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When asked why he loved lavender so much, he answered,
   "Because, Nana, it makes me feel so happy in my heart..."

          --Quote from our grandson, Gabe, at age 6

Gazebo     In 2001, when we planted our first 100 plants, we knew little about growing lavender in Indiana. During the many years before, we had grown it successfully along with other perennials we loved. However, we never really studied why some did well and others didn't. We continued to buy varieties from nurseries that really weren't hardy to our Zone 5, resulting often in lavender that did not thrive in our garden.

     Now, as we learn more each year, it is our commitment to inform our visitors of the varieties that do and don't grow well here in the Midwest, as well as share the individual subtleties of the varieties we offer.

We welcome your comments or questions about your experience with growing lavender--in any climate--and with your permission, we will share our discussions with our visitors.

We look forward to hearing from you.

How to Grow Lavender

Lavender should be planted in full sun! It is our recommendation that you plant it in an area that will get 8 hours of the hottest sun of the day. Plants with less sun will not thrive as well.
Think, Mediterranean!

Lavender needs sandy, well-drained, amended soil! Prepare your soil with good garden soil dug 8 to 12 inches deep. Add sand, gravel, or stone for drainage. Lavender does not like to have wet feet as it promotes root rot. On our farm, we have clay-like soil as is common in Indiana. Because of the need for good drainage, lavender does not grow in clay. Lavender thrives in a well-amended soil mixture composed of 1/3 garden soil, 1/3 sand and/or pea gravel, and 1/3 organic compost. Lavender likes alkaline soil with a pH of 7 to 8. IMPORTANT! Adding lime when planting, as well as a yearly application in the spring, will help to ‘sweeten the soil.’  We fertilize with organic compost in the initial planting. Our beds are mounded for even better drainage. A south-facing slope is ideal for growing lavender.
Think, proud!

 Lavender wants regular watering until the roots are established! In the first year of growth, lavender should be watered when it becomes dry to the touch. After its roots are established, mature plants become drought tolerant and do well on their own.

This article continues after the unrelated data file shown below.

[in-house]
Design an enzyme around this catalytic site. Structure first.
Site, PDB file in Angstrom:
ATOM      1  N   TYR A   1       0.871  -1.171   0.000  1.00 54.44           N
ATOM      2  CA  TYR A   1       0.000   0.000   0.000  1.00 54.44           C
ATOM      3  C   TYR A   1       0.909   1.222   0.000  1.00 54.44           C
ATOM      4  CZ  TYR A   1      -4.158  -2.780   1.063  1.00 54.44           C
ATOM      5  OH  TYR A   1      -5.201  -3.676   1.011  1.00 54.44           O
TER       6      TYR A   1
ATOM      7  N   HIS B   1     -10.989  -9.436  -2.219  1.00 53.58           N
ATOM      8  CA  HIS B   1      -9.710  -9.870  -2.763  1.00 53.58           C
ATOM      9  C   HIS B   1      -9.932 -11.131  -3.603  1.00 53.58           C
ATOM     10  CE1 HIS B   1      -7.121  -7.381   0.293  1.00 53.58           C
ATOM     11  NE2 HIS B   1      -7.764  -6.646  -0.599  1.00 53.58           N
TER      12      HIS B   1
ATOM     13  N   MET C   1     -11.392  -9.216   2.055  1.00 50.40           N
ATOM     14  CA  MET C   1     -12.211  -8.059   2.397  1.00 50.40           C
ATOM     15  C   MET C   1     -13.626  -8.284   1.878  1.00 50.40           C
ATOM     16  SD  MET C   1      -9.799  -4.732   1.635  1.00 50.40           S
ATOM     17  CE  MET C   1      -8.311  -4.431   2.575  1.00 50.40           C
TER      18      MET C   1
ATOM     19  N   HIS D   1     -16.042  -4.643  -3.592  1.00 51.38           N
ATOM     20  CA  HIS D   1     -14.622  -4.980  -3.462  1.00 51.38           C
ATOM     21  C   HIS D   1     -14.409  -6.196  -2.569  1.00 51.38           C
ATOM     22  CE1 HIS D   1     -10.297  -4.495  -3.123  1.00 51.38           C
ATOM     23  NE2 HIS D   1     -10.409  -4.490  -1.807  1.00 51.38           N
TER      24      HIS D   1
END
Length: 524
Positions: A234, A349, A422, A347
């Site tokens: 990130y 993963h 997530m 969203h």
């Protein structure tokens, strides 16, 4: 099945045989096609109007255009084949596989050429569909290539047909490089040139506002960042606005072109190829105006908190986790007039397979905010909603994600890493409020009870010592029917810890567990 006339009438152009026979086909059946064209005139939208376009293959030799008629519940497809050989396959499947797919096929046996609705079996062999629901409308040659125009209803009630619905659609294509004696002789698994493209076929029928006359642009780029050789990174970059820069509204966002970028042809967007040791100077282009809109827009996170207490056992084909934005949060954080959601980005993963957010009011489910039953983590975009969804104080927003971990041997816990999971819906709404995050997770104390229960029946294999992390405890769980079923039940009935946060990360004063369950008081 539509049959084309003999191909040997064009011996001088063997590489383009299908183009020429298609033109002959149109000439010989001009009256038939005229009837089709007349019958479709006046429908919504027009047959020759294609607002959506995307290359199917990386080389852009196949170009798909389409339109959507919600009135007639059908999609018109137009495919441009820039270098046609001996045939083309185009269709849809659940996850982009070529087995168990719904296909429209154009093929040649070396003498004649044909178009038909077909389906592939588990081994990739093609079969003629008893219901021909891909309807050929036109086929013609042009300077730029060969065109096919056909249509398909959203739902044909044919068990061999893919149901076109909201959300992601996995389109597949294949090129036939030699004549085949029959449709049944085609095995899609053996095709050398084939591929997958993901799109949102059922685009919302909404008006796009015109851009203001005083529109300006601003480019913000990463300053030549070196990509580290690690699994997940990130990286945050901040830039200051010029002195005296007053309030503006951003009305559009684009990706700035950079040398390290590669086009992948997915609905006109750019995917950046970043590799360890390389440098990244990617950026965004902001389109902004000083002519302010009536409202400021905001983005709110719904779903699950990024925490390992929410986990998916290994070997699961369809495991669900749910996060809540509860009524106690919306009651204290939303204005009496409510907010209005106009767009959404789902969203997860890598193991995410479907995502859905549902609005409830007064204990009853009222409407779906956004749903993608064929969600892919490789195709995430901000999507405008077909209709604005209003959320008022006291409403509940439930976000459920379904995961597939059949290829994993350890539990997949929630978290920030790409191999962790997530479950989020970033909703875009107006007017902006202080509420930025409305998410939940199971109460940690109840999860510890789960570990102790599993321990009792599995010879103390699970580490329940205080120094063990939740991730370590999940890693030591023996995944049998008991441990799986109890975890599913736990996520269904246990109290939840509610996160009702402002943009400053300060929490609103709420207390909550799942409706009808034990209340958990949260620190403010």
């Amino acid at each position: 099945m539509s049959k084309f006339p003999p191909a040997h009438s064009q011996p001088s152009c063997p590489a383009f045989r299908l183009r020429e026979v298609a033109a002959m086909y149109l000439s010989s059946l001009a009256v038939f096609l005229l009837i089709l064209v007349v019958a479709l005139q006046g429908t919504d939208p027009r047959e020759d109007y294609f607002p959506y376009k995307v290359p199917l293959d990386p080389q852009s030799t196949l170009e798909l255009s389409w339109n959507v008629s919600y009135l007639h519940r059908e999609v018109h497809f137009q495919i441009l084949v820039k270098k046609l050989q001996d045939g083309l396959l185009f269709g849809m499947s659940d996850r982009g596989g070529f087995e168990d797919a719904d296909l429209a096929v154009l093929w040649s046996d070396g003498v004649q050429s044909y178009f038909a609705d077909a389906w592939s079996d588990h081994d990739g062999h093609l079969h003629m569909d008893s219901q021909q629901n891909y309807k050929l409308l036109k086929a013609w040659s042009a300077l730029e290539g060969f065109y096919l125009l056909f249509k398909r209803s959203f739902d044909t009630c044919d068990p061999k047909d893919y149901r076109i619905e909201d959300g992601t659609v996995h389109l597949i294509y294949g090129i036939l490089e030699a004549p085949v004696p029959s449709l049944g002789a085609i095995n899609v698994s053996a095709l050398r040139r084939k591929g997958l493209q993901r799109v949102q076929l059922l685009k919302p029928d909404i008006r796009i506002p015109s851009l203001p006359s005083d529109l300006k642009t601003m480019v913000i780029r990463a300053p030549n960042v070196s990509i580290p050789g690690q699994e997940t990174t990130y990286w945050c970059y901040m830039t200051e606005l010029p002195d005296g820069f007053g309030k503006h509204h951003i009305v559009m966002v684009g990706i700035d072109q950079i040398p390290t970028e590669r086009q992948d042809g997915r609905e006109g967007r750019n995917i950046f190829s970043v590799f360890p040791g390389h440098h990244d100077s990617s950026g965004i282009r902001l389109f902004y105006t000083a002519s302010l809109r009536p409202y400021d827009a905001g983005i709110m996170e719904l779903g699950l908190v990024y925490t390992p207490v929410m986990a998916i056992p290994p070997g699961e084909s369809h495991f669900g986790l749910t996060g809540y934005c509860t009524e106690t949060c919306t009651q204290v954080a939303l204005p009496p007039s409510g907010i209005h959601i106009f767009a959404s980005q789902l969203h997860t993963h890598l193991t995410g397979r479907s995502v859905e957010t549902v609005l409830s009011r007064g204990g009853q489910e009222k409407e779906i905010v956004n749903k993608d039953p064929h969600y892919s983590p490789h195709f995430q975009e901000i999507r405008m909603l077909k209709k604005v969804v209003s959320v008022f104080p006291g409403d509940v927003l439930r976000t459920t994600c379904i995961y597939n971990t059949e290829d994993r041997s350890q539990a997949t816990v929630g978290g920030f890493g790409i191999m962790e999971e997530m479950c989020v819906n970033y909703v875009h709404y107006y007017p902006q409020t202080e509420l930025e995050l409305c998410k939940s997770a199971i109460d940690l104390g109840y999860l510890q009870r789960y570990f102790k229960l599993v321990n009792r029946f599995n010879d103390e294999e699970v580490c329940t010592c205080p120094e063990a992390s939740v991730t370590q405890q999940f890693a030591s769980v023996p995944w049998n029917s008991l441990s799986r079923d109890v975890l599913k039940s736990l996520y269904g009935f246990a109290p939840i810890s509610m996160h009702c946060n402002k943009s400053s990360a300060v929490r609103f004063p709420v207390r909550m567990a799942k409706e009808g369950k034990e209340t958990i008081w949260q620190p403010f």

Think, wet and dry!

Lavender likes room to grow! In multiple planting, keep enough space for your young plants to mature as air around the base of the plant discourages mold, an enemy of lavender. Also, lavender roots do not like to compete with other plants.
Think, island in the sun!

Lavender should be mulched with non-organic material! Lavender is susceptible to mold and mildew at its base. To eliminate this possibility, we ONLY use gravel or rock as mulch instead of the more popular wood mulch products. Organic material such as wood mulch holds moisture that promotes the growth of mold. Another benefit in using stone mulch is the reflective heat it generates at the base of the plant. Some growers using white stone believe that this reflective heat produces more blooms.
Think, out-of-the-mold!

Lavender can be planted in early spring into late fall! The optimum planting for lavender is spring. This allows the plant to experience a full growing season. However, lavender can be planted up until late fall. The only consideration in planting late in the season in the Midwest is that plants may not be anchored well and are in danger of heaving as a result of the ground freezing and thawing. If heaving occurs, a gentle push back into the soil will help. Mulching properly may also help.
Think, the early bird catches the worm!

Lavender wants to be pruned, pinched back, and harvested! As a rule-of-thumb, true lavenders (angustifolias) can be pruned in spring or fall while hybrid lavenders (lavandins) should only be pruned in the fall. Pruning a hybrid in the spring will strip it of its flowers for that season. We have found that diligent harvesting of our lavenders promotes new growth and bushy habits. It also keeps the plants from sprawling and becoming leggy. Also, in the first year plants, we recommend pinching back any bud formation to allow the energy to go into root production. The second year plant will be larger and produce many times the bloom as a result.
Think, the more, the better!

-- Final thoughts --

As in most gardens, soil preparation and prudent watering are key. Please remember, think about what is best for your plants. You will be richly rewarded.

We sincerely hope that our growing guidelines will help you to establish your own beautiful garden of lavender...